A useful Corollary:

An interesting corollary to the Sustainability theory is the Value-Belief-Norm theory of support for social movements. The theory states that

“Individuals, who accept a movement’s basic values, believe that valued objects are threatened, and believe that their actions can help restore those values experience an obligation (personal norm) for pro-movement action that creates a predisposition to provide support; the particular type of support that results are dependent on the individual’s capabilities and constraints.” (Stern, Dietz, et al., 1999)

Implications of the Value-Belief-Norm theory:

The Value-Belief-Norm theory, in combination with the Sustainable happiness theory of Myers, offers a theoretical framework for activists, supporters and others. One particular issue that had raised a lot of concern of late is environmental degradation. Widespread air pollution, rapid deforestation, etc have resulted in the phenomenon of Global Warming. The average temperatures of all regions in the world are on a steady ascent. If this trend were to continue, planet earth could face severe environmental catastrophes. The only thing that could avert such an eventuality is collective human action. A widespread change in the human consciousness is called for. In this regard, empirical findings put forward by the Value-Belief-Norm theory are very useful. It is learnt that people will have to take responsibility toward their own environment. Being passive consumers of various commodities without making any active contribution toward sustaining the environmental conditions is going to spell doom for humanity. By making it the collective duty of the human community to secure a safer and cleaner environment for its progeny, the Value-Belief-Norm theory makes it clear that the overall well-being of our and other life-forms must be earned through prudence and discipline (Stern, Dietz, et al., 1999)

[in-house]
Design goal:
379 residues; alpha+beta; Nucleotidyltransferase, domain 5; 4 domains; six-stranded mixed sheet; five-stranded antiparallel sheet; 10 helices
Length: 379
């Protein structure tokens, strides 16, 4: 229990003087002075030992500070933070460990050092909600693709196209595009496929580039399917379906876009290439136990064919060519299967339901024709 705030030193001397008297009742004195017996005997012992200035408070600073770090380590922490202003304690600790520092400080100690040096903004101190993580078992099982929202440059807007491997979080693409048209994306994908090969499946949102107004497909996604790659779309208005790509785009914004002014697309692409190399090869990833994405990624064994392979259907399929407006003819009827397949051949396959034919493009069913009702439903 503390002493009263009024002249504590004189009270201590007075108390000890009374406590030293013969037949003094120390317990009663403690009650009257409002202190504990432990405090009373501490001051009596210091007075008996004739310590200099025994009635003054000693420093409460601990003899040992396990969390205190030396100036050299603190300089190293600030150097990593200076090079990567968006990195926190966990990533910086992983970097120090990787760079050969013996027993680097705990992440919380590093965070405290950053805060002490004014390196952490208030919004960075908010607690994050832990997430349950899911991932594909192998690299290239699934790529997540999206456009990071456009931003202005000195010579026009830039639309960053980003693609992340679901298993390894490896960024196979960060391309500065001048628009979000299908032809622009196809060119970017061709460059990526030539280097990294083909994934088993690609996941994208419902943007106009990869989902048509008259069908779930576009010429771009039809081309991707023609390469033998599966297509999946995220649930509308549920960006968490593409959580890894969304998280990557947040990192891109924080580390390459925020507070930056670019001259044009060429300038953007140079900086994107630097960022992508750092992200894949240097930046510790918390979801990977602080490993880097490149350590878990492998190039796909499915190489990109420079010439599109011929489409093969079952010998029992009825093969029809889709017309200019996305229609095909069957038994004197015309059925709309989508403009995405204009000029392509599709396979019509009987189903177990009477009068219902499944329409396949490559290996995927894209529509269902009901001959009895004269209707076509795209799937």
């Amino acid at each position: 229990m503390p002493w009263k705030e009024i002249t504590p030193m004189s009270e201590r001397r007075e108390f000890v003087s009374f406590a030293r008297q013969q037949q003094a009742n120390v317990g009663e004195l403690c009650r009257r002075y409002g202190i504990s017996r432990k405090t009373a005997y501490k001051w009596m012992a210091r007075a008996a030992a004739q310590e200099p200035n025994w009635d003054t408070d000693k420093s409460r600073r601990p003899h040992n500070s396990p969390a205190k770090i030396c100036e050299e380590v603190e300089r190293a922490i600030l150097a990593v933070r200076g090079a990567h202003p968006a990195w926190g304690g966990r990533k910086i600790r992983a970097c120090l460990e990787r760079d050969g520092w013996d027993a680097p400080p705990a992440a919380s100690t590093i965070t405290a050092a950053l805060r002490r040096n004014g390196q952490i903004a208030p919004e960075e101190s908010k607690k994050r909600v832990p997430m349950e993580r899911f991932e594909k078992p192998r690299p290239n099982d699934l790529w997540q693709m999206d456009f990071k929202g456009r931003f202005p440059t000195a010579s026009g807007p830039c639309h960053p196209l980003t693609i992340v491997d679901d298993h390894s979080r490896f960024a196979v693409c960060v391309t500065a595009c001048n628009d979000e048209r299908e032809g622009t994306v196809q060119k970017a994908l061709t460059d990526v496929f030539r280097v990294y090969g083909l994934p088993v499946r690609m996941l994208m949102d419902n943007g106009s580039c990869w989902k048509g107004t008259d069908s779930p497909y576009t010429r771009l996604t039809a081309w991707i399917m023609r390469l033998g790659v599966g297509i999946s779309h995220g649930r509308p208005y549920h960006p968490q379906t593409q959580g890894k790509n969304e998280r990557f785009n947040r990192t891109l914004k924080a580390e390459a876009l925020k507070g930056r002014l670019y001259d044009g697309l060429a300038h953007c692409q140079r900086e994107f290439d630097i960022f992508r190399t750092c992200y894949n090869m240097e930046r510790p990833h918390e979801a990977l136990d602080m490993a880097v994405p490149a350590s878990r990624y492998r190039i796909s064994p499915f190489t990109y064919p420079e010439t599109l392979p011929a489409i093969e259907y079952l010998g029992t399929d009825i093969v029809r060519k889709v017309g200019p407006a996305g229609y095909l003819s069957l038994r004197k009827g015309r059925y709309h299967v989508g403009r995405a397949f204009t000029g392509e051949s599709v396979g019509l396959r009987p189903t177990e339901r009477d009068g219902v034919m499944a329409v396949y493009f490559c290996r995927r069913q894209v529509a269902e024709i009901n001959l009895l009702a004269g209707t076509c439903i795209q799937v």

The decadent nature of human behaviour at present: